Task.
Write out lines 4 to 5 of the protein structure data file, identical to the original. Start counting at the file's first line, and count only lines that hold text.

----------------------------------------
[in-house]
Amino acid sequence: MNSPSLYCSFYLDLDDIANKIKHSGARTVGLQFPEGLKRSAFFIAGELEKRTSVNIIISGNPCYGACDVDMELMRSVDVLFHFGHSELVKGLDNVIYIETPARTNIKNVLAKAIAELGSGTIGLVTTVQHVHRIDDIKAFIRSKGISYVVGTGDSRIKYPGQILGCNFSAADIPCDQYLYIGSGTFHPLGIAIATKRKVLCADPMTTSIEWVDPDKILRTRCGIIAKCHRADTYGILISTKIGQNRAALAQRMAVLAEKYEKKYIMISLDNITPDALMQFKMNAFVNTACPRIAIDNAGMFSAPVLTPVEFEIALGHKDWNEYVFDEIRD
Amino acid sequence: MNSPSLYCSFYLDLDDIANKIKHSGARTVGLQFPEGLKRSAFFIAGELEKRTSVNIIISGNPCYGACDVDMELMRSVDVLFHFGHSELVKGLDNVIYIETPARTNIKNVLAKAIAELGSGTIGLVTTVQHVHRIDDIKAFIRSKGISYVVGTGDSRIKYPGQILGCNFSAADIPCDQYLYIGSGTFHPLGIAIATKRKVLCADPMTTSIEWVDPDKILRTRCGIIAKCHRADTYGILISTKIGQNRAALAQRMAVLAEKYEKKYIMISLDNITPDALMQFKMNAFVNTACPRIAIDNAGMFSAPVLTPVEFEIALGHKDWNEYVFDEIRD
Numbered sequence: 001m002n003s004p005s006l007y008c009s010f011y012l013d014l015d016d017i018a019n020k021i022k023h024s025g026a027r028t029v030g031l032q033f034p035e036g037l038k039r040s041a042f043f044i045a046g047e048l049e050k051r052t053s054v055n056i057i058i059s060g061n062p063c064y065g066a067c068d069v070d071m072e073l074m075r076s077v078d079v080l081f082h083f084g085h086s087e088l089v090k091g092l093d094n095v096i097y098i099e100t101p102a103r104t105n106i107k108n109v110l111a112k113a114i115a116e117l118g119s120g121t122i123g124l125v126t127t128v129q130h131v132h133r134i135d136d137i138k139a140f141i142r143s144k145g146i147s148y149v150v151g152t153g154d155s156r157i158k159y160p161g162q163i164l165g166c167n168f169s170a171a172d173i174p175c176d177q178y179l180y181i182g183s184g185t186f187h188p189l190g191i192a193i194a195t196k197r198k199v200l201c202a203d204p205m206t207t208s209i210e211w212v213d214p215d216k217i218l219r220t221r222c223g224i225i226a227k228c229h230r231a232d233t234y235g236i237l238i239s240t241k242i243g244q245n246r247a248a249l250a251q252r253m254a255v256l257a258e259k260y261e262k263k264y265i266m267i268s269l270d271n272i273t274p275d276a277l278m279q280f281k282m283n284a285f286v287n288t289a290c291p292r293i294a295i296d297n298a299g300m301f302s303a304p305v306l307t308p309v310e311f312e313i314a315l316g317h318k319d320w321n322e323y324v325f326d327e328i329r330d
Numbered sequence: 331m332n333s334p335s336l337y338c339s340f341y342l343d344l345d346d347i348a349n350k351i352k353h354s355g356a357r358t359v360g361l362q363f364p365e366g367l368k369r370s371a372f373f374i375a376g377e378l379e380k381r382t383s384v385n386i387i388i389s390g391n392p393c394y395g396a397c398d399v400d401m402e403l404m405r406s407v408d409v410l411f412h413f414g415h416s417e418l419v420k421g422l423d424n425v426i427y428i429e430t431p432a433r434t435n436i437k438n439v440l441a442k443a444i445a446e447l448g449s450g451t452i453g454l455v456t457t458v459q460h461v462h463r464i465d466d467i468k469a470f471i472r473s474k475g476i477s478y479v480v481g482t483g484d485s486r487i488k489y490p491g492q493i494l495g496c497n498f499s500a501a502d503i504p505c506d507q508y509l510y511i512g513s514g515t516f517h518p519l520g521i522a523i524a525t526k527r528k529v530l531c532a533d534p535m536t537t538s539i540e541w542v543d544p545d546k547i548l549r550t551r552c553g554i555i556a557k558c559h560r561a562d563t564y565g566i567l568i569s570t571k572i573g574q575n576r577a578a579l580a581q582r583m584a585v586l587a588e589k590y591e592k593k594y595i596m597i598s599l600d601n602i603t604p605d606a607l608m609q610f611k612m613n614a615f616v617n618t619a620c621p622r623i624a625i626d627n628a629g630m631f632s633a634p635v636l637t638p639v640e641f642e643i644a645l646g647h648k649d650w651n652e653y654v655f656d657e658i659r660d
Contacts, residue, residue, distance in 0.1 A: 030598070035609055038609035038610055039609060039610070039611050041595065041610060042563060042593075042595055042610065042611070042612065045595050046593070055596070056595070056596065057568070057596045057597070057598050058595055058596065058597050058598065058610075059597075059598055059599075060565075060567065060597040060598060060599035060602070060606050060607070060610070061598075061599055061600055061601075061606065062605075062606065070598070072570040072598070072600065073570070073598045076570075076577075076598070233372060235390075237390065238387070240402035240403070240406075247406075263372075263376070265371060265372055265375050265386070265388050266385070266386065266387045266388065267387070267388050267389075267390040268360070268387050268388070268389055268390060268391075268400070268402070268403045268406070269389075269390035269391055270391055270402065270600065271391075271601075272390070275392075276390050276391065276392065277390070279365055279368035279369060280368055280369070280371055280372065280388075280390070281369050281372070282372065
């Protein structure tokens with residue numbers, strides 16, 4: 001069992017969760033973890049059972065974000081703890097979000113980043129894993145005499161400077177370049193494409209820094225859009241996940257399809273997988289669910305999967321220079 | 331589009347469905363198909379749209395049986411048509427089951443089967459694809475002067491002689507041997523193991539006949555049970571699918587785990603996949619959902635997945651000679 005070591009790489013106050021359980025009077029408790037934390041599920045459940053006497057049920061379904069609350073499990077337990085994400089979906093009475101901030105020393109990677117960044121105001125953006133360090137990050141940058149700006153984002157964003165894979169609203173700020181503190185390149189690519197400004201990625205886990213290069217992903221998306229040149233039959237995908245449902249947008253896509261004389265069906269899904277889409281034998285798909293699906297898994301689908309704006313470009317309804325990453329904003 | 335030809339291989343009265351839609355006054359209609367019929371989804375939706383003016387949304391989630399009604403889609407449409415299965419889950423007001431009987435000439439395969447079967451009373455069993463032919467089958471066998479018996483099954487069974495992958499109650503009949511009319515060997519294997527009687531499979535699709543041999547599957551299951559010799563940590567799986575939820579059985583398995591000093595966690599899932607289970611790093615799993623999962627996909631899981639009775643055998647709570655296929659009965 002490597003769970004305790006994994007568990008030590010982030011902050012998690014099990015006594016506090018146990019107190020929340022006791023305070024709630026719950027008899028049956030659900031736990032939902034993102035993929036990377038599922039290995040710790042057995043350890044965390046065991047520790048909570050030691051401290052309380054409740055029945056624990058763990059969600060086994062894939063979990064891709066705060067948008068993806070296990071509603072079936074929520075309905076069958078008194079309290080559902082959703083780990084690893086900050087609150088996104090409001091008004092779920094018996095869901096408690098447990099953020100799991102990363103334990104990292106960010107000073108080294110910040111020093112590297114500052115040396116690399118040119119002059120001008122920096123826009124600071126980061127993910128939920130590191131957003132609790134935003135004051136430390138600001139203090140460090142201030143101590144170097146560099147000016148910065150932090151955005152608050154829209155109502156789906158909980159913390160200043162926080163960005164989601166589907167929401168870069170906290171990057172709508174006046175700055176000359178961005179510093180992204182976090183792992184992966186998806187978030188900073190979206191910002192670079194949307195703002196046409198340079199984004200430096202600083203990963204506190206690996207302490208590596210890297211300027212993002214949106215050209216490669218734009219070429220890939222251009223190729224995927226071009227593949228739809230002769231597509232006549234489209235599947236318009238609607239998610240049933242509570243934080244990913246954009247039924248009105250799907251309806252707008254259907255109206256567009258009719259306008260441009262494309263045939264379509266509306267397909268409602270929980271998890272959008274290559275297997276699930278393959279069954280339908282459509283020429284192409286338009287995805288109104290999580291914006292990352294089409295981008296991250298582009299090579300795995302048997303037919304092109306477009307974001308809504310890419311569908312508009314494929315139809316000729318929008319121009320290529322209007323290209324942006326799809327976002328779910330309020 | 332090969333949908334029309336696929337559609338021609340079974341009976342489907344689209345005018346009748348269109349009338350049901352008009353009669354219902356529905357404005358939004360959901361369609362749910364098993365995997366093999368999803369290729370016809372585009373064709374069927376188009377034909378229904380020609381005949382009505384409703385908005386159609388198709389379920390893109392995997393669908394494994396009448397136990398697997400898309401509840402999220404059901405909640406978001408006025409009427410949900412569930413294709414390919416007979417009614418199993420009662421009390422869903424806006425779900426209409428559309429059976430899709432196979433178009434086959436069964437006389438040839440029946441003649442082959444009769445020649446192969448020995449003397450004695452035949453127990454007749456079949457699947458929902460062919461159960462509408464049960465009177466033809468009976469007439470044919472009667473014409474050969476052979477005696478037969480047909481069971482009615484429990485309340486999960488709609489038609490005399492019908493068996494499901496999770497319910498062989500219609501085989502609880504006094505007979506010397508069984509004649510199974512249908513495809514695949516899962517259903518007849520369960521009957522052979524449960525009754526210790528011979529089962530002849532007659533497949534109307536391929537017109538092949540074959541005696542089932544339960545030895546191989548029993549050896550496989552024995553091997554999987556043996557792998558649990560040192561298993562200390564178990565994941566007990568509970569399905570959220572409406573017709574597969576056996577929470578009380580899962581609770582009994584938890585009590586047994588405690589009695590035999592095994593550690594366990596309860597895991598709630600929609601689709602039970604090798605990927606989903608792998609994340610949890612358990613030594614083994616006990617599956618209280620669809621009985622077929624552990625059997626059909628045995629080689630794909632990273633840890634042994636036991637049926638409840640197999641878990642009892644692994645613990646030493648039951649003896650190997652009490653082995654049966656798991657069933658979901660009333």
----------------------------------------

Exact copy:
Numbered sequence: 001m002n003s004p005s006l007y008c009s010f011y012l013d014l015d016d017i018a019n020k021i022k023h024s025g026a027r028t029v030g031l032q033f034p035e036g037l038k039r040s041a042f043f044i045a046g047e048l049e050k051r052t053s054v055n056i057i058i059s060g061n062p063c064y065g066a067c068d069v070d071m072e073l074m075r076s077v078d079v080l081f082h083f084g085h086s087e088l089v090k091g092l093d094n095v096i097y098i099e100t101p102a103r104t105n106i107k108n109v110l111a112k113a114i115a116e117l118g119s120g121t122i123g124l125v126t127t128v129q130h131v132h133r134i135d136d137i138k139a140f141i142r143s144k145g146i147s148y149v150v151g152t153g154d155s156r157i158k159y160p161g162q163i164l165g166c167n168f169s170a171a172d173i174p175c176d177q178y179l180y181i182g183s184g185t186f187h188p189l190g191i192a193i194a195t196k197r198k199v200l201c202a203d204p205m206t207t208s209i210e211w212v213d214p215d216k217i218l219r220t221r222c223g224i225i226a227k228c229h230r231a232d233t234y235g236i237l238i239s240t241k242i243g244q245n246r247a248a249l250a251q252r253m254a255v256l257a258e259k260y261e262k263k264y265i266m267i268s269l270d271n272i273t274p275d276a277l278m279q280f281k282m283n284a285f286v287n288t289a290c291p292r293i294a295i296d297n298a299g300m301f302s303a304p305v306l307t308p309v310e311f312e313i314a315l316g317h318k319d320w321n322e323y324v325f326d327e328i329r330d
Numbered sequence: 331m332n333s334p335s336l337y338c339s340f341y342l343d344l345d346d347i348a349n350k351i352k353h354s355g356a357r358t359v360g361l362q363f364p365e366g367l368k369r370s371a372f373f374i375a376g377e378l379e380k381r382t383s384v385n386i387i388i389s390g391n392p393c394y395g396a397c398d399v400d401m402e403l404m405r406s407v408d409v410l411f412h413f414g415h416s417e418l419v420k421g422l423d424n425v426i427y428i429e430t431p432a433r434t435n436i437k438n439v440l441a442k443a444i445a446e447l448g449s450g451t452i453g454l455v456t457t458v459q460h461v462h463r464i465d466d467i468k469a470f471i472r473s474k475g476i477s478y479v480v481g482t483g484d485s486r487i488k489y490p491g492q493i494l495g496c497n498f499s500a501a502d503i504p505c506d507q508y509l510y511i512g513s514g515t516f517h518p519l520g521i522a523i524a525t526k527r528k529v530l531c532a533d534p535m536t537t538s539i540e541w542v543d544p545d546k547i548l549r550t551r552c553g554i555i556a557k558c559h560r561a562d563t564y565g566i567l568i569s570t571k572i573g574q575n576r577a578a579l580a581q582r583m584a585v586l587a588e589k590y591e592k593k594y595i596m597i598s599l600d601n602i603t604p605d606a607l608m609q610f611k612m613n614a615f616v617n618t619a620c621p622r623i624a625i626d627n628a629g630m631f632s633a634p635v636l637t638p639v640e641f642e643i644a645l646g647h648k649d650w651n652e653y654v655f656d657e658i659r660d